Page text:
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First tropical storm of NE Pacific pounds Guatemala

It's the beginning of the hurricane season in the north eastern Pacific Ocean, too, and it's off to a tragic start as remnants of Tropical Storm Agatha continue to drench parts of Guatemala, Mexico and El Salvador with up to 20 inches of rain. At least 16 people have died and 69,000 have been evacuated amid the torrential rains and resulting landslides.

In contrast with the Atlantic, the eastern Pacific is expected to have a quiet season this year, with forecasters giving the region a 75 percent chance of a below-normal number of tropical storms forming, and a 10 percent chance of only a normal season.  Forecasters cite ongoing multi-decadal cycles that are suppressing storm formation in the region, and the expected neutral or La Nina phase of the Pacific cycle of seas-surface temperatures.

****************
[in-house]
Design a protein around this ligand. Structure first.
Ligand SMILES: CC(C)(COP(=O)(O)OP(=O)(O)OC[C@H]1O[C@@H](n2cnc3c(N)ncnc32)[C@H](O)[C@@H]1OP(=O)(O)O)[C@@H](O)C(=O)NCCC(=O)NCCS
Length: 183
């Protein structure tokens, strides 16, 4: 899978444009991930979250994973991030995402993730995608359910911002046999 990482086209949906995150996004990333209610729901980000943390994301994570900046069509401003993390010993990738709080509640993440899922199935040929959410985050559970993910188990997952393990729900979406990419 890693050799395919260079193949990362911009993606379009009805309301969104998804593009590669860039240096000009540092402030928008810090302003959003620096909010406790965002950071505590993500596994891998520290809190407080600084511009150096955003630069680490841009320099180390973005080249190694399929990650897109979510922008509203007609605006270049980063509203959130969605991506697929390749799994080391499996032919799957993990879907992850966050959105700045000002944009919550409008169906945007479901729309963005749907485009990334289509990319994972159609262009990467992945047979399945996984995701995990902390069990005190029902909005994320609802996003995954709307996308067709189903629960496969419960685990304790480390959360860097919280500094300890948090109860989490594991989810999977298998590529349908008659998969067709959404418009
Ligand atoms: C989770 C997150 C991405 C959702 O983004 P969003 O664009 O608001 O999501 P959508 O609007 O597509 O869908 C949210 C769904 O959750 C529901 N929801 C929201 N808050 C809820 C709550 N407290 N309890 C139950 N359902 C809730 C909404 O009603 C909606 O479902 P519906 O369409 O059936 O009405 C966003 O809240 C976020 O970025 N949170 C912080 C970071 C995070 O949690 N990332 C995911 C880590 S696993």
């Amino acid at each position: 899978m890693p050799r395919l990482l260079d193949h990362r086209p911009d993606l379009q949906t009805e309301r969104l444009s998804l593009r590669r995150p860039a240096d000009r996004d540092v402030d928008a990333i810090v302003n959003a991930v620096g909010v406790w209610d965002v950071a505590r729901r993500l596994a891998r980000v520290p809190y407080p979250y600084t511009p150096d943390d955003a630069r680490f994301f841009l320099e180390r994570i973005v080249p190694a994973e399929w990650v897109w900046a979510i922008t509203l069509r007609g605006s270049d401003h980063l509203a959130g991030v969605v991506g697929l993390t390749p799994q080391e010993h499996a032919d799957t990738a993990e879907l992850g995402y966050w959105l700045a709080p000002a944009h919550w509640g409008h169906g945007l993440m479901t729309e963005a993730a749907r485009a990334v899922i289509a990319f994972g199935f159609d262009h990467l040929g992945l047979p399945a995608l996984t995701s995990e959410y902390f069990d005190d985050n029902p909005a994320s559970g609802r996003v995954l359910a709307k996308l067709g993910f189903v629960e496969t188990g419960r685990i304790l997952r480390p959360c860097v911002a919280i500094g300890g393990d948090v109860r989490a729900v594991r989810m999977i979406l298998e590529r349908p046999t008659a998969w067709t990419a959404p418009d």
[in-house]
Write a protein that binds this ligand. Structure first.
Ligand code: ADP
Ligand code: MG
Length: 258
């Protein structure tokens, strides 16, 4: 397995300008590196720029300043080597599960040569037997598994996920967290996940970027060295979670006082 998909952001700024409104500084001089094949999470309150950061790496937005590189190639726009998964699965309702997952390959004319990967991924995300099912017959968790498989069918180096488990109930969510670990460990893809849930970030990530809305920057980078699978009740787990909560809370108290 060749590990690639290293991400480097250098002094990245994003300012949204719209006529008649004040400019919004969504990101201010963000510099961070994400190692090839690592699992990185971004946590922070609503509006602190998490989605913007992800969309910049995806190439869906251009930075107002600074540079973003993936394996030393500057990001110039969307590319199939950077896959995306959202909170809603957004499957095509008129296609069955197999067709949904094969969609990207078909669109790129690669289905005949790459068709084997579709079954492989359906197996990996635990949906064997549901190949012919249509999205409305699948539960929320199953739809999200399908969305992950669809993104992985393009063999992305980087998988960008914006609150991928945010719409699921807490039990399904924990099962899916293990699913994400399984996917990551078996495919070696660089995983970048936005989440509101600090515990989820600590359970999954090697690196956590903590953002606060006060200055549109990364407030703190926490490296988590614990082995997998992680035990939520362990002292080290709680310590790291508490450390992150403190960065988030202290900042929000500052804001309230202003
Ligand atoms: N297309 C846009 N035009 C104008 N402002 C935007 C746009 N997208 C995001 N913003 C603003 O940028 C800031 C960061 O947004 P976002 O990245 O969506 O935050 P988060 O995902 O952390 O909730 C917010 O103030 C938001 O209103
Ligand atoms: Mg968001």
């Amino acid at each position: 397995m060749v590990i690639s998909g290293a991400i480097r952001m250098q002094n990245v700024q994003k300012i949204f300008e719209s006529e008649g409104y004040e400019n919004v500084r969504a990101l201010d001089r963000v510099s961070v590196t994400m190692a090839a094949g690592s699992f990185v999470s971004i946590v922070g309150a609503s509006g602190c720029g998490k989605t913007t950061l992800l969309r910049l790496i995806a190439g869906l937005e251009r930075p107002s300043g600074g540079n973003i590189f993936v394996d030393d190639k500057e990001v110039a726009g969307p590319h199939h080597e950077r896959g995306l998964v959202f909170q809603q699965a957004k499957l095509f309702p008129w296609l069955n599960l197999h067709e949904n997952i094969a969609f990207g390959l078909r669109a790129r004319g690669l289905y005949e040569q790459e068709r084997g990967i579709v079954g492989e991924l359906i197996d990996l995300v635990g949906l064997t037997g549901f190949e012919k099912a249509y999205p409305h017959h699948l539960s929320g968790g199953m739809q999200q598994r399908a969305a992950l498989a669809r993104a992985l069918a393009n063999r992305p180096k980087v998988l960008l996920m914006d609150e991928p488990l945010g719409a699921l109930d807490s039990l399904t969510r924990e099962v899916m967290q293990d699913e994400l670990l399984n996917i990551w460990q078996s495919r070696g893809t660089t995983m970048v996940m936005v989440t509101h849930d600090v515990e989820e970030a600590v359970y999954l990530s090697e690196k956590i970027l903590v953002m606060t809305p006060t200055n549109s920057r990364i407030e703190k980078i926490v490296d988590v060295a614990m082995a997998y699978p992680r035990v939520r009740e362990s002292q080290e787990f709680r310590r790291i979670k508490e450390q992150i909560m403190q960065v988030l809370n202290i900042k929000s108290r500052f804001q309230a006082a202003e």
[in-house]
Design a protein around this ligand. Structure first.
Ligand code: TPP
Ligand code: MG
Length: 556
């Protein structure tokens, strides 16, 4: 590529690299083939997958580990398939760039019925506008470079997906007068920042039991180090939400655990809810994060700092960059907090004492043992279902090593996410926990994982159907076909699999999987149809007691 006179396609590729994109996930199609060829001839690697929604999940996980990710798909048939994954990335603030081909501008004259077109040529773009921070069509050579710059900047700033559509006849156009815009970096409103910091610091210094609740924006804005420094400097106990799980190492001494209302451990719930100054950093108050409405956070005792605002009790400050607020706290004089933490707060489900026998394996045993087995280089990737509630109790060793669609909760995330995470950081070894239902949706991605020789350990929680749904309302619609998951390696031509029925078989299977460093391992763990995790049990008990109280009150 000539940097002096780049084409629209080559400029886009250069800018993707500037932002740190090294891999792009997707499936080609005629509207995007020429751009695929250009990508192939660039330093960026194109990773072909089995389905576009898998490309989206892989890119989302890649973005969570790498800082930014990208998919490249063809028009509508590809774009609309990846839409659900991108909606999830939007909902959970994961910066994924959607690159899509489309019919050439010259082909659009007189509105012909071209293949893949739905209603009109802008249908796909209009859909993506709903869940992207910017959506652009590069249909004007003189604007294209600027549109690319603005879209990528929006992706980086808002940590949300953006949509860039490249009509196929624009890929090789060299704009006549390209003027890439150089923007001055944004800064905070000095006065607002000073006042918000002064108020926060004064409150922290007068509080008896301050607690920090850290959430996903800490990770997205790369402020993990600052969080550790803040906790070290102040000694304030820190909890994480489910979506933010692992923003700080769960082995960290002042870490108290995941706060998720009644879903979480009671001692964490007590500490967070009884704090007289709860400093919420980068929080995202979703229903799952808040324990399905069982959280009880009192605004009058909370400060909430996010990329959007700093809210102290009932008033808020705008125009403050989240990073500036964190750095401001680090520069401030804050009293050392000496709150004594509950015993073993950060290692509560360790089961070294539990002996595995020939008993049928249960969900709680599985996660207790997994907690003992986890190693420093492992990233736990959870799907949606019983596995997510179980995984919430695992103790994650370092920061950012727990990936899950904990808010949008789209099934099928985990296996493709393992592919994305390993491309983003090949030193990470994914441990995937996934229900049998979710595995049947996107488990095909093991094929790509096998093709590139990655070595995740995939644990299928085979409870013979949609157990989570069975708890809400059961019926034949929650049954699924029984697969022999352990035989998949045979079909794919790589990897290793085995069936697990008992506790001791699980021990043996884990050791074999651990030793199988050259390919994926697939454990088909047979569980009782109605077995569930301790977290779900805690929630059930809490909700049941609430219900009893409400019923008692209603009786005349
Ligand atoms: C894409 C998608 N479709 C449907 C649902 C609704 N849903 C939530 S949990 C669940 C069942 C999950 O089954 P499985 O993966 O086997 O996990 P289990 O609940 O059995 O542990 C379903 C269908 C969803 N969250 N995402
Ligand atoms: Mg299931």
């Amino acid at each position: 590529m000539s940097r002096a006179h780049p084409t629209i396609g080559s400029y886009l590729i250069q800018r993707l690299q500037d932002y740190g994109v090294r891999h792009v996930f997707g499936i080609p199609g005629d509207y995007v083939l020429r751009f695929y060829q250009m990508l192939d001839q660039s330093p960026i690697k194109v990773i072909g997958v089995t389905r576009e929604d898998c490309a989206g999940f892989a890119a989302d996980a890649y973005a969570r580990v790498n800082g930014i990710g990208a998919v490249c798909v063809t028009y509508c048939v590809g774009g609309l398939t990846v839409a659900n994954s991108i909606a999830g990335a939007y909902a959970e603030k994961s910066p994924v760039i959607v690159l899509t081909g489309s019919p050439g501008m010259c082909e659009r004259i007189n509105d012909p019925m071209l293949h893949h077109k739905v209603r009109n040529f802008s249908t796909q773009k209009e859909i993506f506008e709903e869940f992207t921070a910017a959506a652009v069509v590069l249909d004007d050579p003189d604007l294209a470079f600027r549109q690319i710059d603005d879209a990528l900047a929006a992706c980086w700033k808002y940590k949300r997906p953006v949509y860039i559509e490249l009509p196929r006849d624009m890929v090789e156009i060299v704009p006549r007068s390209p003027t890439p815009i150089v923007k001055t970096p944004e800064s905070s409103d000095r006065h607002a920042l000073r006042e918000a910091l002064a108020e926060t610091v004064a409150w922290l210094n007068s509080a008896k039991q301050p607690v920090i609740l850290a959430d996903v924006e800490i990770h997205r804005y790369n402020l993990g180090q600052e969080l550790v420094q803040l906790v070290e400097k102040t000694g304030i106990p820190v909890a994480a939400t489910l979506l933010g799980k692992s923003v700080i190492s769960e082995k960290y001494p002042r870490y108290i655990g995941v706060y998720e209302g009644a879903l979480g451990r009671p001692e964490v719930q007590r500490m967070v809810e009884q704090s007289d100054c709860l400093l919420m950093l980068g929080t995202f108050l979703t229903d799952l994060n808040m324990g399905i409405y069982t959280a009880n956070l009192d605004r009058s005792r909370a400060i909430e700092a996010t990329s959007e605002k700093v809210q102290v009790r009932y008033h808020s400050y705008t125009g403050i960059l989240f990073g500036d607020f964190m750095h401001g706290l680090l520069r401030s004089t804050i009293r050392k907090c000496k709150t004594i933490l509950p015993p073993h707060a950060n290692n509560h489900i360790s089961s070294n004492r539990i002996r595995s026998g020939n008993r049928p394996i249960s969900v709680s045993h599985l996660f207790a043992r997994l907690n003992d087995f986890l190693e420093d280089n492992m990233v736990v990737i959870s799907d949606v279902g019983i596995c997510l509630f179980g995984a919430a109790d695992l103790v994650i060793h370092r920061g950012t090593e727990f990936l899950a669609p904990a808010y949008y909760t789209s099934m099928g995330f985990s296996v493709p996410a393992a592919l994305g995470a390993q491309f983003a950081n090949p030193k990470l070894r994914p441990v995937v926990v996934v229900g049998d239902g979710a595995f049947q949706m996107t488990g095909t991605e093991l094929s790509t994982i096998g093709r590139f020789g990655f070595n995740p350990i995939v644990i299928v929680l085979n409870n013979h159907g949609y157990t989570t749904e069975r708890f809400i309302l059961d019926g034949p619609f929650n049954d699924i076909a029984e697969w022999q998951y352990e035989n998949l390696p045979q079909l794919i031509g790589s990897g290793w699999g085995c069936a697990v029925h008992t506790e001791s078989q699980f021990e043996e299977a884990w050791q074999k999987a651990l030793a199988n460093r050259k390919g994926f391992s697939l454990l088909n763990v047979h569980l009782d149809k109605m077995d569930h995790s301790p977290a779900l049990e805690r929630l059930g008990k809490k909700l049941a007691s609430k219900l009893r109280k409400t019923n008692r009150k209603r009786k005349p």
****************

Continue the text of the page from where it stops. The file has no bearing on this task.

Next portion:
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Those are some of the same reasons why predictions for the Atlantic basin call for an active to extremely active season this year. While La Ninas tend to suppress tropical storm formation in the Pacific, the long-distance atmospheric patterns they set up tend to take the brakes off storm formation in the Atlantic. And, the Atlantic remains in its own multi-decadal cycle which, since 1995, has stimulated above-normal storm formation there.

The eastern Pacific has it own name list for the 2010 season, too, starting with Agatha. Here is the list for the Atlantic season, beginning with Alex.

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